I spent months berating myself for failing her, begging her through my tears for forgiveness that she couldn't give. In my mind, my scar is a giant scarlet c marking me for the whole world to see as a failure, a statistic. It took me months to recognize myself in the mirror when I'd walk by and there wouldn't be a giant pregnant belly. There was a part of me that wondered if she was actually our daughter. Luckily she looks just like my husband with my eyes, or I'd probably still be wondering if she was really mine. She had very severe reflux that we finally got under control with a combination of a dairy, soy, and gluten free diet plus Zantac and later Prilosec. I can't count the number of people who suggested I switch her to some form of hypoallergenic formula, in large part because my limited diet was annoying to others. When I eliminated gluten, I had actually decided that if that didn't help I'd switch her to formula since I wasn't sure what else I could eliminate and still eat enough to actually make milk. But wanting what was best for my daughter wasn't my biggest goal in not weaning her to control the reflux. My motivation was that I wasn't sure I could mentally handle failing at feeding her too. It was a triumph of sorts for me to be able to say that I might not be capable of giving birth, but at least I can feed her the way God intended.

I spent several month in counseling working through my issues. I've gotten to a point where I don't have to get up every morning and remind myself that I am not failure. I got off the birth control pills that were making the depression worse. For the most part my life is back to normal, and I don't think about the fact that she was removed much like my tonsils. I try to avoid the articles that pop up on my Facebook news feed that remind me. I don't pregnancy related shows on television any more, and I quit testing myself with them after I had a panic attack watching a woman get a spinal before a c-section that caused quite a bit of nerve pain. Mostly I do my best to avoid the pink elephant in the room.

And yet every now and then it pops up and slaps me across the face with its trunk. I'm right back sitting on the bathroom floor with the shower running clutching the baby monitor while I cried. It happens when I end up biting my tongue while a friend talks about her worries she wouldn't make it to the hospital because her labor went so fast she didn't even have enough time to get an epidural. Or when I see a friend who had the natural birth that I had wanted being congratulated on that birth, and being told she's their hero. That voice in the back of my head says she did it, why couldn't you? She's a hero, you had the exact opposite of a natural birth, you're nothing but a stupid coward. And just the other day, I shared a photo from showing a Mississippi hospital with an almost eighty-five percent c-section rate. Seeing as how the World Health Organization advocates a maximum rate of fifteen percent, and the US rate is just over thirty percent, that's excessive no matter how you look at it. My brother enjoys playing the troll when I post anything he thinks is kind of dumb, and everything came back up.

A week or so ago while trying to show my daughter some pictures my mom took via Skype of her "knitting" on my iPad, my daughter managed to open up a chat window that brought up a conversation I had with my aunt the day before my daughter was born. I had sounded so optimistic that labor was getting ready to start, and that everything was going to work out. Re-reading it started to chip away at the thick walls I try to keep around my feelings around her birth. My brother's comment that maybe the high c-section rate at that hospital was just because there are more fat people in Mississippi took those little cracks and tore the walls down. The anger and the pain and the fear and the regret came tumbling out. I was trying to explain why low c-section rates and VBACs are good things. The reasons why I would rather not have any more children than go into a pregnancy knowing I had not option other than another c-section flew out of my mouth. And then something that both shocked and scared me came out. I said that I would have rather of died but actually have given birth to my daughter, than to have been cut open. I'm not sure if that makes me suicidal, or just still going through the various stages of grief. Regardless I'm happy that I'm not dead. I don't what my husband would do with the baby if I'd of died giving birth. And if for the safety of my child, if we're blessed with more children, I'd have another c-section.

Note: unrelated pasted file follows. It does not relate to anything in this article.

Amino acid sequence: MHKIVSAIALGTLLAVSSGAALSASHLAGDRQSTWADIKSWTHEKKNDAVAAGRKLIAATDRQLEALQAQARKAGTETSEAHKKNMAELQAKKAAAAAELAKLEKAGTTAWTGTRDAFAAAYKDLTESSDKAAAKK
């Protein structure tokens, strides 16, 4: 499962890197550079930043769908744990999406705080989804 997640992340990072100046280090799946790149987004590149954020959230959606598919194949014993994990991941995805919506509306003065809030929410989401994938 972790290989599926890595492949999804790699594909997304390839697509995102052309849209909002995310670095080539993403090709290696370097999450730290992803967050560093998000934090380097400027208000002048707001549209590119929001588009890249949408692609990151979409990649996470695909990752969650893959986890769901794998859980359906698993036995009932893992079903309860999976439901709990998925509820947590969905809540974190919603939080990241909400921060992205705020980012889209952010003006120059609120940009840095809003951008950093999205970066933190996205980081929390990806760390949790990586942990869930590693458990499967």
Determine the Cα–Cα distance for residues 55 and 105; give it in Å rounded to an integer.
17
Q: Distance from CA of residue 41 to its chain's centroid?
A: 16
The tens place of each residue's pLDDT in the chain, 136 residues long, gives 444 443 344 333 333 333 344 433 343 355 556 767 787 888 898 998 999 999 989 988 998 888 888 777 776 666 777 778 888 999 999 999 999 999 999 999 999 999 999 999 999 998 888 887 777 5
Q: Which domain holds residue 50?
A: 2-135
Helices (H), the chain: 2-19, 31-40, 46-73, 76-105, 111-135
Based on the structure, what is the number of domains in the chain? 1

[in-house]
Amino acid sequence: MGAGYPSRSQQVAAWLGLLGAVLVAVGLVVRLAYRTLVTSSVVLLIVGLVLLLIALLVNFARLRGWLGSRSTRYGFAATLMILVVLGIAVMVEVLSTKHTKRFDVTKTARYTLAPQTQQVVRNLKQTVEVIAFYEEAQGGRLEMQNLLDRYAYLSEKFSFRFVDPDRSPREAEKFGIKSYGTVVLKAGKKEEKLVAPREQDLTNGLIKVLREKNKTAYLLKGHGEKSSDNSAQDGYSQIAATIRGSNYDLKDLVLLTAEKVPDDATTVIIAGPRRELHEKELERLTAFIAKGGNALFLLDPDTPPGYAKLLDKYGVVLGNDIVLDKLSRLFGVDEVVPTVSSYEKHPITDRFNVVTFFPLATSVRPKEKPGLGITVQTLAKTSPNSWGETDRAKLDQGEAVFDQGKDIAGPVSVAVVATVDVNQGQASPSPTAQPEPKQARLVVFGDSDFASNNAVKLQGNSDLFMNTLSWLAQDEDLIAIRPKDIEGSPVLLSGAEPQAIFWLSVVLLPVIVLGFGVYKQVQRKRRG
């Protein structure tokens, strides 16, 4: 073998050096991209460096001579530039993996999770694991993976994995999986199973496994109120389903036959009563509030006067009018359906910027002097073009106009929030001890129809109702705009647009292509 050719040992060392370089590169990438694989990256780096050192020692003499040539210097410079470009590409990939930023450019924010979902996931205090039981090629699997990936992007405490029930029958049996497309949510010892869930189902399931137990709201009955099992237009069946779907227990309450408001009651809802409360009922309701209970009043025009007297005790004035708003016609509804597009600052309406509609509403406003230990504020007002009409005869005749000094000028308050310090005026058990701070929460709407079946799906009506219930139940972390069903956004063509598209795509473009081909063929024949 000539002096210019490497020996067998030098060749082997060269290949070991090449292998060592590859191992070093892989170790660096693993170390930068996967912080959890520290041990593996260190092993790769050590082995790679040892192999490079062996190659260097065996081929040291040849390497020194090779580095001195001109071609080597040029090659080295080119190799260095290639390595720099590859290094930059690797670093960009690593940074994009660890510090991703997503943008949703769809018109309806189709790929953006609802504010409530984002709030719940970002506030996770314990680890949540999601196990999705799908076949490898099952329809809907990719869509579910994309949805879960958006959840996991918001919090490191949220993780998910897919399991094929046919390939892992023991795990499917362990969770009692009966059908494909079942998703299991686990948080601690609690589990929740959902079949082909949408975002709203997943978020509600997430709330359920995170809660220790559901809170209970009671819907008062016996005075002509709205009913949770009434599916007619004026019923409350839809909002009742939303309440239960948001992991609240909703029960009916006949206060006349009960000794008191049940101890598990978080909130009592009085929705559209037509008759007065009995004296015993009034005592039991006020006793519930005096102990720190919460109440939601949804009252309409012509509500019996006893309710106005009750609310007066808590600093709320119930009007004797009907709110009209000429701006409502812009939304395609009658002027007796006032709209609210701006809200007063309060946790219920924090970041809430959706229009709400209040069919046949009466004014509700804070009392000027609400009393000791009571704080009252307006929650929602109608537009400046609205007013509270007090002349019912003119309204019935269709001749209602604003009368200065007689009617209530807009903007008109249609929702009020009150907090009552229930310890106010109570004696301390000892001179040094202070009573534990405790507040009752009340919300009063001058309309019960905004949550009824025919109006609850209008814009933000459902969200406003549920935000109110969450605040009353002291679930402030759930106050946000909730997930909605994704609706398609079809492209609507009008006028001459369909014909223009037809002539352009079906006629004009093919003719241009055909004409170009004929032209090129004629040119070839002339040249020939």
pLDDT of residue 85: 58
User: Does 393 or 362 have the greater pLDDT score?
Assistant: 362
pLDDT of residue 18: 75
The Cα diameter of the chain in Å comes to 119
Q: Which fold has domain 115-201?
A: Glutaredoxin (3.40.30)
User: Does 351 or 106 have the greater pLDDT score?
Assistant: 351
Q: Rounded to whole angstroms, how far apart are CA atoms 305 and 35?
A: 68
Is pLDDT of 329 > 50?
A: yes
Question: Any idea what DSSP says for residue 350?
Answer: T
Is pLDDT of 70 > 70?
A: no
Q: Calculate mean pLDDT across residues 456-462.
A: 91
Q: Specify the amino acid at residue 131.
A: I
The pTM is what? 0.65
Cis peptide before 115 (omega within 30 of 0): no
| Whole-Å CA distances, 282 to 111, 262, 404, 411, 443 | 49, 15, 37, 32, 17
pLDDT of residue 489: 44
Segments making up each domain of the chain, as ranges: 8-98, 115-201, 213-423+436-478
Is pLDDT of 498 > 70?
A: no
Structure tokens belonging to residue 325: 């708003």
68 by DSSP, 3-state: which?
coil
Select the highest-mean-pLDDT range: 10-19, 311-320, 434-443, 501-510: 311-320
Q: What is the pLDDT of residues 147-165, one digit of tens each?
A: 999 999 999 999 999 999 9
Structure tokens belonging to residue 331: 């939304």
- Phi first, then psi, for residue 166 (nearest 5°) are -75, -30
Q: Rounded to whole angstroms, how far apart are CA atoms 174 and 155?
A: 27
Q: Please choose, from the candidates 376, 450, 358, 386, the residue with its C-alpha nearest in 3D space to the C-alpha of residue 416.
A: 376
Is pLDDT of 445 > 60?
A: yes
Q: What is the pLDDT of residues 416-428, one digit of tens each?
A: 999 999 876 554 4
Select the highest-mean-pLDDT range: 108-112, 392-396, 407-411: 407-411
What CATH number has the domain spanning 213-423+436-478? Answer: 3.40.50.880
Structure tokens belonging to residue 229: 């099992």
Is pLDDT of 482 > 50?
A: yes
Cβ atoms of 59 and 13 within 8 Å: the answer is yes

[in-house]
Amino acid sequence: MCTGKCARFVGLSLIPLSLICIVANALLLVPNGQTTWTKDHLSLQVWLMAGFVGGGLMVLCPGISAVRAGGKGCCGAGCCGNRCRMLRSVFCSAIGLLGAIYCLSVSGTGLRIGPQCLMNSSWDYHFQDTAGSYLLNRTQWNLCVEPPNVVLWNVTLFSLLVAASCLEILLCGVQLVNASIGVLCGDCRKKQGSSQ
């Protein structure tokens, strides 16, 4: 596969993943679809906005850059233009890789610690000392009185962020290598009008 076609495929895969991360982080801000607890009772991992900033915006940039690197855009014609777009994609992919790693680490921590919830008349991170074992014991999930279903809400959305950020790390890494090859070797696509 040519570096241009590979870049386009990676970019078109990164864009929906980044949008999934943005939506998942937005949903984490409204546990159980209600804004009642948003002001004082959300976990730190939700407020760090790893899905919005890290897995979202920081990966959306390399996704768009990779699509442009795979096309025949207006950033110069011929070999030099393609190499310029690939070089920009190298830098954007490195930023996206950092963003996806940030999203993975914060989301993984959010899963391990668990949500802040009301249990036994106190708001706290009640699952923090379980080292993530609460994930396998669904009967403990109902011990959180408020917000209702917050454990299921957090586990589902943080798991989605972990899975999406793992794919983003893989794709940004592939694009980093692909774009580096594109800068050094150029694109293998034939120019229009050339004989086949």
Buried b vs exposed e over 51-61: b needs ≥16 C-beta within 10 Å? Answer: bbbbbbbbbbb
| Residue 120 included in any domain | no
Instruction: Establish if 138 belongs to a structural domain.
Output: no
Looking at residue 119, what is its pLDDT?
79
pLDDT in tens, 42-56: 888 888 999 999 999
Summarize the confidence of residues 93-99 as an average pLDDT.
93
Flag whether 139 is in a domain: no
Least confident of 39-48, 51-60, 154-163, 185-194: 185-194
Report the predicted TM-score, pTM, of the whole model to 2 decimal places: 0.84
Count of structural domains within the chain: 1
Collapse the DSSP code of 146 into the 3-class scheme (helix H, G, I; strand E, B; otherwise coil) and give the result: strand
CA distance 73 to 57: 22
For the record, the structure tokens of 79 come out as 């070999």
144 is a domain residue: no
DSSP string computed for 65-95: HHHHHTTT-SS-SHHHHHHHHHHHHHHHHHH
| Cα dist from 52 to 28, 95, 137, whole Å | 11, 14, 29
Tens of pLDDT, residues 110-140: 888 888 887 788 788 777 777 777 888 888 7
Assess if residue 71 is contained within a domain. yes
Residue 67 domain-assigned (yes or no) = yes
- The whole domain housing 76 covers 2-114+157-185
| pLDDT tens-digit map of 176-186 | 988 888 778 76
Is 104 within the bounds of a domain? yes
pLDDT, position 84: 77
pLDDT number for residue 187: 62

It took me several days to write this out, and I was crying through the first part. Maybe I need to see about getting another counselor. The fact that I was able to finish writing without the tears means I just need to work on getting my feelings out and dealing with them in healthy ways instead of ignoring things to the point that I'm trying not to shake listening to others talk about childbirth and how they went c-section all the way like it's a good thing. I dunno. I need help, but with Christ's help I can get through anything.

Sunday, September 16, 2012

Beginnings and Introductions

I'm going to attempt to start up another blog. No holds barred, just me, the good, the bad, and the ugly. I'm Bazile. I'm twenty-seven, I've been married to my airman husband for five and a half years, and we have one daughter who is one and a half. We're originally from Southeastern North Carolina, but we currently live in the Montgomery, Alabama area at least until Uncle Sam decides that we should live somewhere else. We're a Christian family, and I'm a stay-at-home mom. I'm a knitter, and I play the flute. Though the latter is not something I have the opportunity to do as often as I would  like. I prefer skirts to pants because they're girly, but I do wear pants. My husband says I'm a hippie do to my love of tye-dye, vegetables, cloth diapers, and peasant skirts, but personally I think I'm too conservative to actually be counted as a hippie. I've never smoked tobacco let alone marijuana. I'm short and fat, though I still hope that one day I'll wake up and be tall and thin. I'm still nursing my daughter, and while I don't plan to nurse until she self-weans, I do realize that at eighteen months I'm well outside the mainstream in that regards. My daughter was born by c-section, and my unhappiness with her birth colors a lot of my perception of childbirth. I still have issues with not giving birth (vaginally) that while better still need a lot of work. Feel free to ask questions about anything you want to know about me. I'll do my best to answer as honestly as possible.